Friday, 17 April 2009

Testing LS-4000 with Stouffer Stepwedge

Now that I have a LS-4000 in my home I thought I would apply some of the same testing that I have previously used on my Epson flatbed scanners. I used the FH-3 holder to hold a Stouffer Stepwedge and scanned it in sections to see how the scanner responded to levels of denisty.

I was stunned how it ran out of grunt in ability to penetrate the dark areas. I noticed how sensitive to the 'clear' area of the wedge it was so I popped a little bit of analog gain into the scan (0.8 actually). I did this to hopefully extend the dynamic range into the dark areas and bring the white areas up to begin clipping at "film base".

Cutting straight to the results it is not only not good, its actually surprisingly not good.

This is the result of a scan with 0.8 of analog gain applied to the master gain.

I have plotted a Log10 graph of the results in red (as this is how scanner responce needs to be measured for photographic purposes).

It seems to have made a strange change to the "linearity" of the scanner with a marked step occurring at about step 13.

Its strange that both parts remain more or less straight with a deviation in the middle.

Further, the 'blooming' of the scanner is apparent in the darker areas (note the small intrusion of one of the "frame" supports in the FH-3, this shows that the depth of black is not fully reached even though the ability to discern graduations is substantially impaired).

out of interest this is the result from my Epson 3200, and no blooming is evident in this.

so ... this makes the result from the Nikon particularly scary. Feel free to compare this to the results from my Epson 4990 scanner here.

Note: this effect of blooming is also apparent with x8 oversampling, so it is not just a digital noise issue.

I also thought it was worth mentioning that not only is there substantial bloom (clearly visible here) but that altering the analog gain disturbed the levels of RGB too. Looking at the RHS of this graph you can see three peaks, this is the places where Red Green and Blue have moved up towards 255 but clearly unevenly.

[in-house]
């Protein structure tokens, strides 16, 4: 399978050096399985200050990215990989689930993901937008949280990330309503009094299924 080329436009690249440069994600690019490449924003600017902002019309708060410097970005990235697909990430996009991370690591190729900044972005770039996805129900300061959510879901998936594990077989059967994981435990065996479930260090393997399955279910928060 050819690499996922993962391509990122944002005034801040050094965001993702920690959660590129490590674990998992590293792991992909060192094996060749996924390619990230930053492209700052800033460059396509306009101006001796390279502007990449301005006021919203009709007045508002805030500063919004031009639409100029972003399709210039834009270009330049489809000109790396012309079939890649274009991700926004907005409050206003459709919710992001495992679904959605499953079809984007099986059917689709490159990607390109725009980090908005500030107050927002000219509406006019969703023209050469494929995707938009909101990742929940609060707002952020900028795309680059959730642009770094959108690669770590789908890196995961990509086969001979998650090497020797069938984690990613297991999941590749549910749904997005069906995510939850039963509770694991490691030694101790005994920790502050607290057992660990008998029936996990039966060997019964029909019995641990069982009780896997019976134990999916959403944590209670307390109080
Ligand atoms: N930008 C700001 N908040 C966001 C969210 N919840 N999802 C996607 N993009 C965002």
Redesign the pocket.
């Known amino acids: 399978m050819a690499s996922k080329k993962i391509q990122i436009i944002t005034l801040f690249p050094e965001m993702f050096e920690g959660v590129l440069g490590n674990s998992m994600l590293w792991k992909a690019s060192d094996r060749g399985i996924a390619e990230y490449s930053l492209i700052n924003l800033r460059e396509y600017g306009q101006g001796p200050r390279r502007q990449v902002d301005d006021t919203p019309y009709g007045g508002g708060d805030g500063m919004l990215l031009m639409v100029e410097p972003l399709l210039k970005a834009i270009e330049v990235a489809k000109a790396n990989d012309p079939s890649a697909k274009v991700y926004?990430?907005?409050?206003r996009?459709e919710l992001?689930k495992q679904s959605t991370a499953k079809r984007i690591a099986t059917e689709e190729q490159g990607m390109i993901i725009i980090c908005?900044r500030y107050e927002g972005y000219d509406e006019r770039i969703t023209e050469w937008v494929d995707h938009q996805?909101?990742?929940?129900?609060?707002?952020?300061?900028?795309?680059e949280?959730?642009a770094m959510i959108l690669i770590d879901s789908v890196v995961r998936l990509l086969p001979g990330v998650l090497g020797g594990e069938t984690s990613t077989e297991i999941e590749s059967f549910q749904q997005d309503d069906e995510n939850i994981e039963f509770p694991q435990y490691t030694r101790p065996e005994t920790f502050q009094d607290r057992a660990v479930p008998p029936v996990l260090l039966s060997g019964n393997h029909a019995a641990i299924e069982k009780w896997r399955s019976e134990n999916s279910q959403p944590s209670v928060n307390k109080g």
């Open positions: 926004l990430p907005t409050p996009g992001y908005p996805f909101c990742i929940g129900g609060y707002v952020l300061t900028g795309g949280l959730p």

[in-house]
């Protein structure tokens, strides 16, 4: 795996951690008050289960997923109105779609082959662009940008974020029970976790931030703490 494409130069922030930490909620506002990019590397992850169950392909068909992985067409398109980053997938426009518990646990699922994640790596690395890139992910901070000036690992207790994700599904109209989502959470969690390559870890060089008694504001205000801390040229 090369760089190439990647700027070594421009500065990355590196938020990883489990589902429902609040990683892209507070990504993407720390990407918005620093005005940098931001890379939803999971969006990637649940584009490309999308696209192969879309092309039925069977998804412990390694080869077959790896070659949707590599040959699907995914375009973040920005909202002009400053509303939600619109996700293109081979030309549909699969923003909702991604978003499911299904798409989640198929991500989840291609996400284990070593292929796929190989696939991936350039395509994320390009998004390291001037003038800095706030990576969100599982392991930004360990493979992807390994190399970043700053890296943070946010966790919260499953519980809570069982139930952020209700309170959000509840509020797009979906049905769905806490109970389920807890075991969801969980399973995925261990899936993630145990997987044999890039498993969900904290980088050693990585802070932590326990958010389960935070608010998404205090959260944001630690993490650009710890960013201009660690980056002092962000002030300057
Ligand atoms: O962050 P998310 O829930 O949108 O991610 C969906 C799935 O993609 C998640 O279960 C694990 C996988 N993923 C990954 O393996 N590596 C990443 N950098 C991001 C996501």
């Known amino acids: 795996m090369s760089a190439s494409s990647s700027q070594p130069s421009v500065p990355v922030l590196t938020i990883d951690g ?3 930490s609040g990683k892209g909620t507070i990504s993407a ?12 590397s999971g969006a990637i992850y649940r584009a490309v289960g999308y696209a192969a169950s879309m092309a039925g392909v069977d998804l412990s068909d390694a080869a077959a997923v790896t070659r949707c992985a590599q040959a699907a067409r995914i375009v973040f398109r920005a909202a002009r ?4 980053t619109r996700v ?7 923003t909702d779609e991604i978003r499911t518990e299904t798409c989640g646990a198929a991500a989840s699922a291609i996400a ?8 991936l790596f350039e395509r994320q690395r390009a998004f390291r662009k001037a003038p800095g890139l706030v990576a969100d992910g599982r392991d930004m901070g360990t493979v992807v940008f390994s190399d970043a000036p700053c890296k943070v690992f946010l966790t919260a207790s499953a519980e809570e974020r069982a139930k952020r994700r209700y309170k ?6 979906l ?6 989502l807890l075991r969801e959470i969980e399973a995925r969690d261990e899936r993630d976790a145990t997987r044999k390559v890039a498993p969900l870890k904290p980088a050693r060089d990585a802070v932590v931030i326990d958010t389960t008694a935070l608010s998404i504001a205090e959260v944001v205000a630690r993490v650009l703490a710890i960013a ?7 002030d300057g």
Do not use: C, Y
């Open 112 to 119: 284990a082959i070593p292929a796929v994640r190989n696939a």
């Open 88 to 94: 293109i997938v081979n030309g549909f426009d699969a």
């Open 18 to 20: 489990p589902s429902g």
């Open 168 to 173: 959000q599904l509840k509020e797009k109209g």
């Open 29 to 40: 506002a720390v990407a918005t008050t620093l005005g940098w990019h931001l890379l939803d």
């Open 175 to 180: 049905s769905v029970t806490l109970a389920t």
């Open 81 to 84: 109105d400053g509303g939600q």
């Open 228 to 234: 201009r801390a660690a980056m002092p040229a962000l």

So, without careful profiling using the analog gain on this scanner to 'punch into dark areas' will result in strange colour shifts. I advise use with caution.

I left this section 'zoomed in' to show just how much blooming results in the transition from dark area to light area, it is significant.


I was asked some additional quesitons about this so I have repeated the tests and included results for 0 analog gain.

NOTE: rather than wait over the weekend I've disassembled the scanner and sure enough the mirror was rather filthy. So a quick clean with windex and a cotton bud (removing the mirror of course) later and its now performing well

My method was to scan with the scale set as linear from 0 to 255, the scanner software is set to put the data into Bruce RGB, so after scanning this profile was assigned to the data to ensure that the results are correct. As the wedge is so long, I had to scan it in 3 sections. To perform this I needed to
  • insert the wedge strip into the FH-3 holder
  • disable any preview or focus on insert
  • scan each step without prescan or preview
some overlap was possible in scanning (as it is manually fed) so I can confirm that (for instance) the values of step 4 (and the clear part of the step number) were consistent from scan to scan.

The results (data first) include the stand deviation of the values in the selection swatch. Standard error is calculated as the percentage of standard deviation to the median value (not, I use median in this testing not mean).

It seems to indicate that the error is getting quite high as the values go above 13 on the stepwedge. This needs to be taken into account when assessing how effective alteration of the image with curves will effect colour accuracy or noise in shadow details. Now the graphical view

seems that the linearity step at about 13 is still there

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